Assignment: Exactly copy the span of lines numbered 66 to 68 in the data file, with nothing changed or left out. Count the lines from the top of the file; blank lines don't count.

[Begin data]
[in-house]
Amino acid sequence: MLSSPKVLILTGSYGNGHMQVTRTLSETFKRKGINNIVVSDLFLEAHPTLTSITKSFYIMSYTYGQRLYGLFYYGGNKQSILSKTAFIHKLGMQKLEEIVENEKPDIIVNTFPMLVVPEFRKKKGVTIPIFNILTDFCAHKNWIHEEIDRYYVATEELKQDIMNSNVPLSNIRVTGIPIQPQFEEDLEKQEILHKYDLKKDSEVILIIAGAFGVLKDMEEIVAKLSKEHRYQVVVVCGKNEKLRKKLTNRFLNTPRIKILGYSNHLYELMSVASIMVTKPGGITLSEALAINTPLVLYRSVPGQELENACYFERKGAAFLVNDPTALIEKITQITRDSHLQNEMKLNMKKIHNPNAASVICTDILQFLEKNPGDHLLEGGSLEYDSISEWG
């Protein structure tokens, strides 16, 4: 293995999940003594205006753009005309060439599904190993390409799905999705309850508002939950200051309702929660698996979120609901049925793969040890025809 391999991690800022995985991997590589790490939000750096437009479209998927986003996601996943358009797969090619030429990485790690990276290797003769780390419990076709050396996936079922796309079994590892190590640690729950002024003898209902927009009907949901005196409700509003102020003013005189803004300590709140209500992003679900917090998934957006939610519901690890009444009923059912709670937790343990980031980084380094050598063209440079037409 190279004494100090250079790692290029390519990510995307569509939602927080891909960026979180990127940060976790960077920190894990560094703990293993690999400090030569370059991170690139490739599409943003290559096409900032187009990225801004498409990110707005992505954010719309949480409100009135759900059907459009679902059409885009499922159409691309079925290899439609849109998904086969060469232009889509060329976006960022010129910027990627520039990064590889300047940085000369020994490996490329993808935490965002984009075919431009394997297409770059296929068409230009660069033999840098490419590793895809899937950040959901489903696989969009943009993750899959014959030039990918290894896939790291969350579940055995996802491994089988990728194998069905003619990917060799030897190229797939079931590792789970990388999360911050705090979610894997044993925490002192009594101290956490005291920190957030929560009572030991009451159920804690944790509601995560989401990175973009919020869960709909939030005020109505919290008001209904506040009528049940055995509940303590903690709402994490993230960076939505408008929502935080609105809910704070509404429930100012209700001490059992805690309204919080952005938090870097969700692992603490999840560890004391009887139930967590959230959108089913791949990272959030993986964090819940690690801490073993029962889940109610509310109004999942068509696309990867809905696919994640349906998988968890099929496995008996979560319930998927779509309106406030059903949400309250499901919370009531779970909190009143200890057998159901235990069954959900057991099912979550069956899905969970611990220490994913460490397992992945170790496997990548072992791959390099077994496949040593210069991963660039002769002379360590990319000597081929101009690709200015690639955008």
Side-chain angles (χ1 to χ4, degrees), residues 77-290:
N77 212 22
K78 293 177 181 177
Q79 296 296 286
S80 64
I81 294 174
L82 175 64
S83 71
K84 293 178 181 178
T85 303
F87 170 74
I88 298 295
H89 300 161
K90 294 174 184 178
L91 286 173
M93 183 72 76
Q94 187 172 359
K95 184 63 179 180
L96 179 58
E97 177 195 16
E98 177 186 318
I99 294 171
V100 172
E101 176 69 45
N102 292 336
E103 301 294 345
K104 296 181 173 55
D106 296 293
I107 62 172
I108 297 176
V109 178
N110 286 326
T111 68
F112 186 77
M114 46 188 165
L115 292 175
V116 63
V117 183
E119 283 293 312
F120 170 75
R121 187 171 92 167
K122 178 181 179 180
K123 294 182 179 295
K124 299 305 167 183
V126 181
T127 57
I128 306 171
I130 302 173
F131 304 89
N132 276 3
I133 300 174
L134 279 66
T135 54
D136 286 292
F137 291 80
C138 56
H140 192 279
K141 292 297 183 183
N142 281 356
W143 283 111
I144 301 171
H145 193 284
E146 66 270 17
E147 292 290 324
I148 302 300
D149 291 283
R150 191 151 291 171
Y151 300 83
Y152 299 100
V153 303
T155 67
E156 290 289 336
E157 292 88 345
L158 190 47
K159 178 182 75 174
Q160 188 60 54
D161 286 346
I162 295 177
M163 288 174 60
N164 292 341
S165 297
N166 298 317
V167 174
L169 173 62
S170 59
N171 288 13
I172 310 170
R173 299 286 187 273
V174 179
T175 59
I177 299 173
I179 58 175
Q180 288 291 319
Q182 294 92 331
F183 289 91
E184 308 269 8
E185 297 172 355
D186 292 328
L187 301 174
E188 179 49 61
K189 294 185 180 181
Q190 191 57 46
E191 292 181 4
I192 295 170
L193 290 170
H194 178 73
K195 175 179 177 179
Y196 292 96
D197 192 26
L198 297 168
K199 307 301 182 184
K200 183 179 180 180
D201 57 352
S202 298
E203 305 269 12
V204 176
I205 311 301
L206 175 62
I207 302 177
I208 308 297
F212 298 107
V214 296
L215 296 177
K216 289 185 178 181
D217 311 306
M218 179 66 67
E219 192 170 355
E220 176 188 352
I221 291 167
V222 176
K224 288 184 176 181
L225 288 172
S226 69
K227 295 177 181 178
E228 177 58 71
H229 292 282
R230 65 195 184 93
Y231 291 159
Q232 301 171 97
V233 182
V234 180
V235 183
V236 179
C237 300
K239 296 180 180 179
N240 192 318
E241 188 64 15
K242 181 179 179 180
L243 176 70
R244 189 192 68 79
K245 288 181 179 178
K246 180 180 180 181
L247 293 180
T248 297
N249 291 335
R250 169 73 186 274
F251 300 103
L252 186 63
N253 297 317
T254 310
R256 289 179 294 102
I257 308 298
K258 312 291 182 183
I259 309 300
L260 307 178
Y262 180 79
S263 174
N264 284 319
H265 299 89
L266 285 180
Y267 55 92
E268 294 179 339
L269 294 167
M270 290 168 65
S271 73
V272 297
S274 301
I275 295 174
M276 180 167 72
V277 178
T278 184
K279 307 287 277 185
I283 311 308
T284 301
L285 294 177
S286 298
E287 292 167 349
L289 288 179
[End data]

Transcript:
E146 66 270 17
E147 292 290 324
I148 302 300